• Protective clothing (coveralls, boots, head coverings)
    • Dead bird disposal
    • Farm isolation
    • Farm clean-out and disinfection, down time
  • Best management practices/guidelines


Disease prevention management

  • Vaccination
    • Breeders: 10 – 12 diseases (22 - 25 serotypes) in chickens: 8 – 10 diseases (18 – 20 serotypes) in turkeys

      • Breeder health
      • Egg production
      • Maternal antibodies to chicks/poults
    • Blood testing standard for disease monitoring


PPT Slide

  • Meat birds: 5 diseases (10 serotypes) in chickens: 1-3 diseases in turkeys

    • Health
    • Production
    • Processing health
  • Blood testing standard for disease monitoring
  • Problems are not in diseases we can vaccinate for!


Antimicrobial Use

  • Therapeutic
  • Disease prevention/growth promotion
  • Day old injection/ In-ovo administration


Therapeutic Antimicrobial Use

  • E.coli infection is the #1 cause for use of therapeutic antimicrobials

    • Clostridia spp. and pasteurellosis are also treated
  • Secondary bacterial infection is due to primary respiratory and/or enteric disease

    • E. coli is troublesome; Does not lend itself to vaccine development; E. coli is ubiquitous
    • Infectious bronchitis as example of primary infection
  • E. coli primarily treated via water
  • Feed grade therapeutic antibiotics uncommon


Therapeutic antimicrobial use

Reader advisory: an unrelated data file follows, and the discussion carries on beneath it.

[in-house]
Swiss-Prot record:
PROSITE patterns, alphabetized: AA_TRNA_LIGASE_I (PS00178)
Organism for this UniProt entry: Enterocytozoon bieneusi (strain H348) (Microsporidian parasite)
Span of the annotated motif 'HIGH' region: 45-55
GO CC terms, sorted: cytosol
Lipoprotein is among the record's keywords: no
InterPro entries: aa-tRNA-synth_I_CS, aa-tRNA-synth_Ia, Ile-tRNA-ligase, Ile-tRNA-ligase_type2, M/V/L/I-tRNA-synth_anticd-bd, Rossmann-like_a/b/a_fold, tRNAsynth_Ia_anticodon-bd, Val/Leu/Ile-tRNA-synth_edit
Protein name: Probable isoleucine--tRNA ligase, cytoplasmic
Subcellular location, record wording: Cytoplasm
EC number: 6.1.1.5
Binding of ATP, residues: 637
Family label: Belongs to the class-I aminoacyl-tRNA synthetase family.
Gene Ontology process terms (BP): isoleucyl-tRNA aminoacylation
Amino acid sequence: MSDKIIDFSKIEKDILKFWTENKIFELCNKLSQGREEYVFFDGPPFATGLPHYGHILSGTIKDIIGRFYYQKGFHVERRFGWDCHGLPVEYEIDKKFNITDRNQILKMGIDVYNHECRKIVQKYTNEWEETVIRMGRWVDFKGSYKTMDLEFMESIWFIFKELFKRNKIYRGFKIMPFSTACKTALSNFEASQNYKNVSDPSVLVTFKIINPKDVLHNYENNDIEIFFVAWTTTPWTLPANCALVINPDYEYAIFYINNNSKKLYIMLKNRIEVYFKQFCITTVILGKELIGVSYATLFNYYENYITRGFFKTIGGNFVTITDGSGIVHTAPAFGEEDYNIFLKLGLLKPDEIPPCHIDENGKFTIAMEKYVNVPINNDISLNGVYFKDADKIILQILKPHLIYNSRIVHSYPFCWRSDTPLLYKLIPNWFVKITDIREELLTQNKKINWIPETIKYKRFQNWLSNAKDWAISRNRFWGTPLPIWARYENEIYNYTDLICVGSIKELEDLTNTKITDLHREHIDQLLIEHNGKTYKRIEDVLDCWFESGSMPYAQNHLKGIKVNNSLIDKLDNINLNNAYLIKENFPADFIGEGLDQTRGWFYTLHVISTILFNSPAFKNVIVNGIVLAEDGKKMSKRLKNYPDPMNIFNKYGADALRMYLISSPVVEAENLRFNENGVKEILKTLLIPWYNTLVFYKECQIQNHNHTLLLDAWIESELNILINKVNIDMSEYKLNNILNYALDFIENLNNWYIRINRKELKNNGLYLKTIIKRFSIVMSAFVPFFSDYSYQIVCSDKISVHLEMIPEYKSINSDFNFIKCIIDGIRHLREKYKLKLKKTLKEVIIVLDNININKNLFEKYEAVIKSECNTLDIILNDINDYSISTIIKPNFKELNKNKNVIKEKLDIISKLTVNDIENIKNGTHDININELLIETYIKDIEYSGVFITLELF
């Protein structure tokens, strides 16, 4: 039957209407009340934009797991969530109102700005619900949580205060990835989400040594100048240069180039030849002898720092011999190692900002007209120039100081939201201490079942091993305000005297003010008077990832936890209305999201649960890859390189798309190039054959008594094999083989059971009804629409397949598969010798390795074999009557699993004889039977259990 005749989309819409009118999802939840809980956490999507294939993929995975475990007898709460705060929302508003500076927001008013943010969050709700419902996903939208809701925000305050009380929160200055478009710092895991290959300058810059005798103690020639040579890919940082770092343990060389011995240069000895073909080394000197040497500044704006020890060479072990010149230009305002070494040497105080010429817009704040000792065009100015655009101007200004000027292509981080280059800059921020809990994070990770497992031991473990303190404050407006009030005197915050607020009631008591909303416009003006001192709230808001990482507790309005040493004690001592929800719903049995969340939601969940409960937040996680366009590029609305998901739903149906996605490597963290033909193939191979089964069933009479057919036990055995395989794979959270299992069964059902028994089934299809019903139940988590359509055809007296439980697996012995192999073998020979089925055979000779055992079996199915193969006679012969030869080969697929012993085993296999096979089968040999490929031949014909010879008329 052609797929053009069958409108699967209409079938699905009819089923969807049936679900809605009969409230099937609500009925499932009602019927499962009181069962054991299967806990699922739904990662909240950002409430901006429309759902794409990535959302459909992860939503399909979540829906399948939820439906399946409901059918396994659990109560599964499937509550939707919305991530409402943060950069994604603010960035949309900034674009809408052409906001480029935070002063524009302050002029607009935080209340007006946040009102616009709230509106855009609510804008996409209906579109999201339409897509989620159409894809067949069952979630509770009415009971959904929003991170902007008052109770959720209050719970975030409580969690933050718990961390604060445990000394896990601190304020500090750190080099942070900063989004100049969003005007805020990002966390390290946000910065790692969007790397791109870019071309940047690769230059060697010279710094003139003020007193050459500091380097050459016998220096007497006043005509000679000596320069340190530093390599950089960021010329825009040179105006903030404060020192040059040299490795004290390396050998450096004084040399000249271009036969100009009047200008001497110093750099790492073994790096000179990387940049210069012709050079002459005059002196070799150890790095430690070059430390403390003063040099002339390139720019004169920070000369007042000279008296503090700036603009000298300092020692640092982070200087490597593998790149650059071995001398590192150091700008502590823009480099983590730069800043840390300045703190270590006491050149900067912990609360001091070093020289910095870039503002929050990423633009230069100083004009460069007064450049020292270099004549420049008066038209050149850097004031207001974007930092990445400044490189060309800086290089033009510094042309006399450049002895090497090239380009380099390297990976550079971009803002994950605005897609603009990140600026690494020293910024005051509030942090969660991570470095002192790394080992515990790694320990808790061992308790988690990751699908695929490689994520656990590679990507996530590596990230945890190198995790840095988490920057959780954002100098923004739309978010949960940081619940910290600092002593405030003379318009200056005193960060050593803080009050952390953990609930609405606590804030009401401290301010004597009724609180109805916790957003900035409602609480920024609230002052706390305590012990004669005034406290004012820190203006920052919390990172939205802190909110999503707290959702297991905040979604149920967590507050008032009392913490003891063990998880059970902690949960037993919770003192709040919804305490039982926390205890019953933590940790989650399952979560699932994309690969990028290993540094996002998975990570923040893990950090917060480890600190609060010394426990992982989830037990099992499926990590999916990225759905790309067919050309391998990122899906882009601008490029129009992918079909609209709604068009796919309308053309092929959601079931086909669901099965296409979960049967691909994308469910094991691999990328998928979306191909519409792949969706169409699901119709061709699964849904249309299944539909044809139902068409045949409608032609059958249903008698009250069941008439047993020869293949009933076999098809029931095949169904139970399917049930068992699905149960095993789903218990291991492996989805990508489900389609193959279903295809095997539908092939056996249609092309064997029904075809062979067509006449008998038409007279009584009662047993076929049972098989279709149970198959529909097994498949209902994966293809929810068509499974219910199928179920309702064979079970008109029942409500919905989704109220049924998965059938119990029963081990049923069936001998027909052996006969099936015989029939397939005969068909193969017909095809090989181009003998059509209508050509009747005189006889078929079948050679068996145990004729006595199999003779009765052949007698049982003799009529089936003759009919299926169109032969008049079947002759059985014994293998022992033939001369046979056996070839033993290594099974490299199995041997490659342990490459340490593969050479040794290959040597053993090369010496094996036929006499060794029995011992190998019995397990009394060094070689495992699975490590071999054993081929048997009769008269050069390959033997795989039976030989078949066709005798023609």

• We currently have 12 antibiotics used as intervention strategies for bacterial disease
  • Most commonly used
    • Tetracyclines, streptomycin, neomycin, bacitracin,
  • Less commonly used

    • Lincomycin, spectinomycin, tylosin, erythromycin, sulfonamides, penicillin
  • Fluoroquinolone are held in reserve because:

    • Importance to poultry and humans
    • Cost
    • Currently represents the only consistent treatment for E. coli


Therapeutic antimicrobial use

  • Guidelines established by AAAP/AVMA are used in the decision making process
  • Diagnostic work-up initiates intervention strategies
  • Management and supportive therapy considered prior to antimicrobial therapy


Therapeutic antimicrobial use

  • Antimicrobial use based on diagnostics, mortality and morbidity, age of flock, farm history, susceptibility patterns
  • Antimicrobials use must be approved by veterinarian, live production specialist, or other health service technician before use
    • Extra-label and fluoroquinolone use ordered and prescribed by veterinarian


Therapeutic antimicrobial use

  • Records kept and utilized
  • Most important to therapeutic antimicrobial use are the diagnostics performed to identify the primary agent involved to initiate preventative strategies and avoid future therapeutic interventions
  • Currently no vaccine or antimicrobial for improper management


Disease prevention

  • 4 antimicrobials are used for the prevention of clostridial (necrotic) enteritis